I read somewhere that new mothers are flooded with a quick-bonding hormone right after childbirth.  The idea is that it will help her bond with the new baby, but sometimes I think the bonding splashes over onto other people in the room, too.  At least, this is the best explanation I can come up with for the fact that I have a strangely fond opinion of my doctor, considering he’s a regular guy about my dad’s age that I only see for a few hours a year.

Therein lies the problem: I like* him, and I want him to like* me.  I hope he thinks of me as intelligent, witty, sophisticated, and wise beyond my years.  But in our infrequent encounters, I am always at a distinct social disadvantage: holding a cup of my own urine, wearing socks and a paper dress, standing on a scale, or, oh yes– giving birth to a child, with all the indignity that entails.

I do my best to present myself as well as possible– I shave my legs, check in promptly for my appointments, carry an interesting book, make comments about international affairs, choose shoes that don’t make my feet smell– but I’m working against a tide of all the other less-than-glamorous impressions that I have made.

What’s a girl to do?

Starting in June I will be going in for more frequent visits, so I’m studying the latest issue of Reader’s Digest to stock up on good jokes and trivia.  And, of course, I’m saving my most embarrassing questions for WebMD.

*Of course I do not mean “like-like.”  What is this, sixth grade?  I’m being entirely appropriate and non-romantic here.


11 responses to “Impressions

  1. I think that is hilarious and weirdly true – and I’m pretty sure none of your male blog-followers are going to understand it in the least.

  2. All I have to say is that my wife wore something special on the day of my “procedure” because of her innocent crush…at least she was wearing more than a gown! I say have your crush. He will certainly appreciate you just being a clean individual. Other than that, he won’t care about anything else. You’re a normal person and those are few and far between! 😉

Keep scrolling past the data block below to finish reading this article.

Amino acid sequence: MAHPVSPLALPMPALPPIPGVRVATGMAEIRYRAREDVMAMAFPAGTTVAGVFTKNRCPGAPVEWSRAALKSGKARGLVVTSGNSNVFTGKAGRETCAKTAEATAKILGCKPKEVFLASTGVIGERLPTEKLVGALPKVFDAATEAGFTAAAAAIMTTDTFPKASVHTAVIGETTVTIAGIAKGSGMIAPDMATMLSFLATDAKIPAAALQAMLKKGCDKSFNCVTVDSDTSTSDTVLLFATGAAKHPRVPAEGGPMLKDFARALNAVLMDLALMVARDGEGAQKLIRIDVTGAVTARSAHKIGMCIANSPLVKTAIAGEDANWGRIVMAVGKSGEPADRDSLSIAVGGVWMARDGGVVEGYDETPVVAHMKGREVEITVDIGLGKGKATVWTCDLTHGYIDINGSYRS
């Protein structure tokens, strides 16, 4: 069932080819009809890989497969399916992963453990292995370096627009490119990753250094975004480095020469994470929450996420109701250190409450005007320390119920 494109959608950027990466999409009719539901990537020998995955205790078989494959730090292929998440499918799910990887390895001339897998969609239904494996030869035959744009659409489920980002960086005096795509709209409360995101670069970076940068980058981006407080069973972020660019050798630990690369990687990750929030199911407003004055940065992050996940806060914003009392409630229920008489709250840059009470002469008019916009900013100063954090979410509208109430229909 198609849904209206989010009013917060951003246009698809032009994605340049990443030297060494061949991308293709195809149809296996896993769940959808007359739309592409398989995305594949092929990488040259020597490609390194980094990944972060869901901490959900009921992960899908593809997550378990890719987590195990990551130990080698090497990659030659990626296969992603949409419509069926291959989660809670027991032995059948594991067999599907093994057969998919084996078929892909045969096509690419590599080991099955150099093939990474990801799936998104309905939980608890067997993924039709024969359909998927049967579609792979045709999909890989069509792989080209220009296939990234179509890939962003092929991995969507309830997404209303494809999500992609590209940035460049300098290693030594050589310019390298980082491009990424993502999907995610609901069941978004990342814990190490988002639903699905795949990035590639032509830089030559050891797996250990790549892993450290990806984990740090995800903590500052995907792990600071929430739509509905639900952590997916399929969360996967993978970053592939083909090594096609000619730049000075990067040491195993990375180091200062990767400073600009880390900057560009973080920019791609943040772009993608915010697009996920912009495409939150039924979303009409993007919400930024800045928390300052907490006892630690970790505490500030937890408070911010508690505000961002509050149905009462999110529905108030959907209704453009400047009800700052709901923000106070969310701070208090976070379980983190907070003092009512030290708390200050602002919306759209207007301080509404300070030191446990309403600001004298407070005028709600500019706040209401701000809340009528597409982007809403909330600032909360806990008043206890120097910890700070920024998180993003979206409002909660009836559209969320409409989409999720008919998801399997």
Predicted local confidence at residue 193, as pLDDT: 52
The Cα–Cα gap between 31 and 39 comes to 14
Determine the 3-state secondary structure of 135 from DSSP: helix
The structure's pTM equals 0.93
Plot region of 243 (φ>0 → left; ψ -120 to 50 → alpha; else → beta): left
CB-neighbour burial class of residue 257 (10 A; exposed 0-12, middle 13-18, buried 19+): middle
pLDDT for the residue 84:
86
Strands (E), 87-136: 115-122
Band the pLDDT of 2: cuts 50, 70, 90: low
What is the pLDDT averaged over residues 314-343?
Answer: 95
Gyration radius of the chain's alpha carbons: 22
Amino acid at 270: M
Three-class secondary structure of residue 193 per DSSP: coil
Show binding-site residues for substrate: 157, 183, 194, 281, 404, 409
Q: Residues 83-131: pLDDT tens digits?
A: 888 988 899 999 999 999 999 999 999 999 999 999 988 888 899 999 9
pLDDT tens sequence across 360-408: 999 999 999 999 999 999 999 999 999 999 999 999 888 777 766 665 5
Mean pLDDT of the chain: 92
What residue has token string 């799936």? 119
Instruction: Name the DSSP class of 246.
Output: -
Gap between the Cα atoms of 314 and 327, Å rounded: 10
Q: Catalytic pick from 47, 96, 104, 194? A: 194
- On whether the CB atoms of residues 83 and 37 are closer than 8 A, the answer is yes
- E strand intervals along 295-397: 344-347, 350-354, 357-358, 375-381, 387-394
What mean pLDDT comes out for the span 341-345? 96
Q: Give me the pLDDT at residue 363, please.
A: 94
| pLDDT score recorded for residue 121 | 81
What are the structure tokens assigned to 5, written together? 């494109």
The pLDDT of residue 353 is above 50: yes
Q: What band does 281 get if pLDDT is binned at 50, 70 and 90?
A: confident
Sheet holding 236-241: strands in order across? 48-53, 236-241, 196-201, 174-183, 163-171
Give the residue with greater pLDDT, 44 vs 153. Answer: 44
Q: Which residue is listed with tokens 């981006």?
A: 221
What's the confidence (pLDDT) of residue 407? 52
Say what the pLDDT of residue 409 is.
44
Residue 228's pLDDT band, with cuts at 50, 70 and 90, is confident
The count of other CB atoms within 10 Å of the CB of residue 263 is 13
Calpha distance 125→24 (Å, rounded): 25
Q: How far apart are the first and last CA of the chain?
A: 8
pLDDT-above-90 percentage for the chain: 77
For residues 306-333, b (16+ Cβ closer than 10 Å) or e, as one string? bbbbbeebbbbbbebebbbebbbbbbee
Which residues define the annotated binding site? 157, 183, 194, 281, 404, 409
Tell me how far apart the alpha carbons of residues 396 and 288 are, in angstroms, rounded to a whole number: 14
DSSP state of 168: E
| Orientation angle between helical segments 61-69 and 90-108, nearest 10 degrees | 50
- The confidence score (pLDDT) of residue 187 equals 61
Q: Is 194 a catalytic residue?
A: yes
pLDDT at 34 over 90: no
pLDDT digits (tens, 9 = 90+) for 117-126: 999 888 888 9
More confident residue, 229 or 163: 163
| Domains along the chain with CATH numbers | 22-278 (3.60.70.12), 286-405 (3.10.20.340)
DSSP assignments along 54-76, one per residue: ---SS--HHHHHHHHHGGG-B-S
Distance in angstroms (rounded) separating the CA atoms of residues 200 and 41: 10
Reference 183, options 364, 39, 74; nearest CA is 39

3. Oh, and by the way, smell-good feet matter most (certainly more than if the nails are painted). So, thanks for thinking of that!!!

  4. I am so disillusioned…I thought I was special.

  5. I kinda feel the same way about our pediatrician. And I’ve actually started doing his newsletter just recently, so we’ve communicated some by email. I’m a little over-concerned about what goes in those emails… trying to keep it business only, and then he makes a personal comment about my kids or his, so I respond and then he doesn’t, and then it’s weird. I dunno. I also actually fix my hair on the days we have doc appts, but I think that’s because I’m actually going OUT for a change… to see someone besides another SAHM!

  6. Valerie Pearson

    My doc is a woman but I have the same thoughts. I want her to like me. It’s exacerbated because I see her regularly in the halls of church (two sets of our children have been born within months of each other so nursery drop-off/pick-up always offers a chance encounter). But it’s kinda hard to think she likes me and wants to be my friend when she’s seen me…well in all my childbirth glory. So then I’m stuck with awkward feelings of inadequacy that my people-pleasing self can hardly handle. What’s a girl to do?

    • I am very glad NOT to run in the same circles as my doc. It would give me more chances to improve my image, but it would be weird to share a hymnal or eat at Chick Fil A with someone who’s watched your child be born (husbands excluded). Sympathies, friend.

  7. Yeah, I knew someone who’s OB was their SS teacher. Um, awkward.

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